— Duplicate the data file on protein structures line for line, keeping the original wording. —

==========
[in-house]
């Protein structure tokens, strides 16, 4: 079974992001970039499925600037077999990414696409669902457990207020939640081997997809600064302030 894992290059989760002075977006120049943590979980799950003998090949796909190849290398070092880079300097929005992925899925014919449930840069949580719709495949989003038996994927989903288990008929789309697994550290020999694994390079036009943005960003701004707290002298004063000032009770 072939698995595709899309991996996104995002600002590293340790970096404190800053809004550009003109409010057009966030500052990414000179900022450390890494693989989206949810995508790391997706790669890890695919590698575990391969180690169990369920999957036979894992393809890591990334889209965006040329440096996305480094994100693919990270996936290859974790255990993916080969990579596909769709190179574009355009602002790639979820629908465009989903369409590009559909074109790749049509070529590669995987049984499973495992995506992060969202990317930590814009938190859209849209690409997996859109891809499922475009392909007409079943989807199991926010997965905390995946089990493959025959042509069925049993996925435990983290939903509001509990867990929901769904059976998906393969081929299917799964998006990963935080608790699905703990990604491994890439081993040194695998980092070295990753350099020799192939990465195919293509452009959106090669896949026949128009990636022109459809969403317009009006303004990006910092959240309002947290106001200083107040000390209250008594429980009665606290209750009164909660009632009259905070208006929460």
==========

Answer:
[in-house]
């Protein structure tokens, strides 16, 4: 079974992001970039499925600037077999990414696409669902457990207020939640081997997809600064302030 894992290059989760002075977006120049943590979980799950003998090949796909190849290398070092880079300097929005992925899925014919449930840069949580719709495949989003038996994927989903288990008929789309697994550290020999694994390079036009943005960003701004707290002298004063000032009770 072939698995595709899309991996996104995002600002590293340790970096404190800053809004550009003109409010057009966030500052990414000179900022450390890494693989989206949810995508790391997706790669890890695919590698575990391969180690169990369920999957036979894992393809890591990334889209965006040329440096996305480094994100693919990270996936290859974790255990993916080969990579596909769709190179574009355009602002790639979820629908465009989903369409590009559909074109790749049509070529590669995987049984499973495992995506992060969202990317930590814009938190859209849209690409997996859109891809499922475009392909007409079943989807199991926010997965905390995946089990493959025959042509069925049993996925435990983290939903509001509990867990929901769904059976998906393969081929299917799964998006990963935080608790699905703990990604491994890439081993040194695998980092070295990753350099020799192939990465195919293509452009959106090669896949026949128009990636022109459809969403317009009006303004990006910092959240309002947290106001200083107040000390209250008594429980009665606290209750009164909660009632009259905070208006929460």